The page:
The restoration is complete.
The King has claimed back his throne.
For the first time since the short-lived Carlo Ancelotti era, Chelsea have their swagger back.
On his return to the Premier League, Jose Mourinho (above) presided over a comfortable victory, though he will know that this should have been a rout.
For 25 minutes, it seemed that Hull City were sacrifices at a celebratory feast held to welcome back the self-appointed Special One.
The Blues should have taken the lead after just five minutes.
Hull goalkeeper Allan McGregor bafflingly elected to sucker punch Fernando Torres in the side of the head to give away a penalty, but he fulfilled the dreams of millions of Liverpool fans in the process.
Fortunately, McGregor managed to save Frank Lampard's spot-kick.
Parity lasted just eight minutes more. Kevin de Bruyne, preferred to Juan Mata, slipped a delicious ball through to Oscar, and the Brazilian slid the ball home.
Midway through the first half, Lampard atoned for his miss, thundering a free-kick into the top corner from 30 metres.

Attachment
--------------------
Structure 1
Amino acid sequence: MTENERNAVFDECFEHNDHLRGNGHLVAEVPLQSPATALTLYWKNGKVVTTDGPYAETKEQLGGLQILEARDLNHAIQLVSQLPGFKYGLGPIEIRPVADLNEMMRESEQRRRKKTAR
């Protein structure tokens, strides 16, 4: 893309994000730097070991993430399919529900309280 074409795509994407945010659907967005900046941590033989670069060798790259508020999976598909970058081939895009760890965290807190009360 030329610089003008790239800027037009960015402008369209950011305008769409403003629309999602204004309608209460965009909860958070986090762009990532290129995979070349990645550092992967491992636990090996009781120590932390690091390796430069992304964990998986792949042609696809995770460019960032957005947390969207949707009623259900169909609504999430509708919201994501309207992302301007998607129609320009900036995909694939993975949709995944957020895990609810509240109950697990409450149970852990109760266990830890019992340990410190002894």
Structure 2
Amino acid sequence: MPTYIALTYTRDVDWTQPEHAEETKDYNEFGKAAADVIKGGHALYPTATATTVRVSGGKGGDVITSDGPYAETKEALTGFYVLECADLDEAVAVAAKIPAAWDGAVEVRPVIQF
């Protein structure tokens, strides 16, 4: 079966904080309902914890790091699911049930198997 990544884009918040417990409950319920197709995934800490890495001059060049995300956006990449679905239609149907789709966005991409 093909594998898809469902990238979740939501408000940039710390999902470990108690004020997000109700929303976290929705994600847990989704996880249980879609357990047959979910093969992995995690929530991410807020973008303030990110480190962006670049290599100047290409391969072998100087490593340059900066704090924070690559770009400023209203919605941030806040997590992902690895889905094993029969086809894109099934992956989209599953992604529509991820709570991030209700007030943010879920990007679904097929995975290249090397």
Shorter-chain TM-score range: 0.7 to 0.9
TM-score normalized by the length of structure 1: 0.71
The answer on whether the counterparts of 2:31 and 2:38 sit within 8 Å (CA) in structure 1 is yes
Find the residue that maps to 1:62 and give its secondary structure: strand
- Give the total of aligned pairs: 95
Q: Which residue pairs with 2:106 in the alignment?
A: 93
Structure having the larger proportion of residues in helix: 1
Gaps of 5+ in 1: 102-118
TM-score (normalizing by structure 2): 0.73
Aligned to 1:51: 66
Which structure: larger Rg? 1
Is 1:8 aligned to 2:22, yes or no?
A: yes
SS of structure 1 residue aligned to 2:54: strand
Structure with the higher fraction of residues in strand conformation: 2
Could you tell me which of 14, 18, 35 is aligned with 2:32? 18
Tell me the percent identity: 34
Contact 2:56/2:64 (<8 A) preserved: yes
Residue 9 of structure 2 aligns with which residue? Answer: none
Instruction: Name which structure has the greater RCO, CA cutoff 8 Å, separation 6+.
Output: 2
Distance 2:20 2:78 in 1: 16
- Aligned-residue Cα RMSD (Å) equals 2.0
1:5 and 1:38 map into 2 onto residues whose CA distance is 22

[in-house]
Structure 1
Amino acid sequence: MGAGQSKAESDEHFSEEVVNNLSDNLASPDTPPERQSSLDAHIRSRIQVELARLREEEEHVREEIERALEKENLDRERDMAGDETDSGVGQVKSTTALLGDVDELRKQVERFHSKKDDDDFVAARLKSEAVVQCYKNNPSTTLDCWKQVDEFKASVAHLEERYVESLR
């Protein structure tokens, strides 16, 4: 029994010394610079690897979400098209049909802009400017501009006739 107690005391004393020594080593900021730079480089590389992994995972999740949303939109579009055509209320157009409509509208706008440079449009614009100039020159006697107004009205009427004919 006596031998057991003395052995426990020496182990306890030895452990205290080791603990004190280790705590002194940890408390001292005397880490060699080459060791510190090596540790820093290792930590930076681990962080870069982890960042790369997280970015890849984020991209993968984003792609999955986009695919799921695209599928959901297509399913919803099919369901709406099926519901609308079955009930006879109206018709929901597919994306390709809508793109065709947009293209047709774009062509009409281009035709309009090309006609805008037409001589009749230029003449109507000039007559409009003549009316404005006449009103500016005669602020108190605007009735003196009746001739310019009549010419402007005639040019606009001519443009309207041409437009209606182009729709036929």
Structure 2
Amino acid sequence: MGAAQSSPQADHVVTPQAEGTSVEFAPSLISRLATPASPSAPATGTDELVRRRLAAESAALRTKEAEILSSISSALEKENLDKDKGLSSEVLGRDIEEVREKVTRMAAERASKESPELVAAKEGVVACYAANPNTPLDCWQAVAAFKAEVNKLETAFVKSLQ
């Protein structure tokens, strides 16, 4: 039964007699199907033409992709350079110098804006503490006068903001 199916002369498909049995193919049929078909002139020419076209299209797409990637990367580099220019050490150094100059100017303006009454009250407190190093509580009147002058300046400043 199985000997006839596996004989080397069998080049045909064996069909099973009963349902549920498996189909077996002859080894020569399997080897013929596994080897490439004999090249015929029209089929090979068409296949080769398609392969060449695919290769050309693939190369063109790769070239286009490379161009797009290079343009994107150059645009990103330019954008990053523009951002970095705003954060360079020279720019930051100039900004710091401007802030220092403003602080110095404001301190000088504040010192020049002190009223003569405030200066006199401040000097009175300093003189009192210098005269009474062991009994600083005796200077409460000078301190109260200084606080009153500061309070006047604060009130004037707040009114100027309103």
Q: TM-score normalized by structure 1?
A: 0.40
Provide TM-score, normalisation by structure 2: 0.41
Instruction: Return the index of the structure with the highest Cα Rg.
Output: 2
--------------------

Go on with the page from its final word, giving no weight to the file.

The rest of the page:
Hull City's decision to rebrand themselves as the Hull City Tigers was never a sensible idea, but as the onslaught gathered pace, it sounded ever more ridiculous.
It would have been far more appropriate to rebrand them as the Hull City Kittens.
They were torn to pieces at Stamford Bridge, victims of a combination of Chelsea's invention and their own hapless incompetence.
Two very nearly became three when the Premier League's Goal Decision System was given a runout on the stroke of half-time.
Branislav Ivanovic smashed a header in on goal from Lampard's corner and McGregor instinctively tore it out of the goalmouth.
GDS said no, but not by much. But when the Blues eased up in a pedestrian second half, Hull began to find their feet.
The introduction of Tom Huddlestone and Jake Livermore gave the midfield a stability and a source of creativity that it had lacked throughout.
In the 63rd minute, Hull put their first shot on target, drawing a save from Petr Cech.
In the 73rd minute, Curtis Davies very nearly scored.
Steve Bruce, in the opposing dug-out, leapt into the air in excitement, only to crash back to earth in despair.
Mourinho responded by throwing Romelu Lukaku on for the conscientious, but unspectacular Fernando Torres, giving Hull, if nothing else, something to think about.
It was enough.
They held on to secure the three points.
Given Hull's obvious shortcomings and the less-than-convincing close to the game, it can hardly be said that this was a performance to rattle the glass in the windows of the powerful houses of Manchester.
But this may be only the start.
The mood around the club has changed. They have their special one back.
They believe again.
Mourinho has returned.
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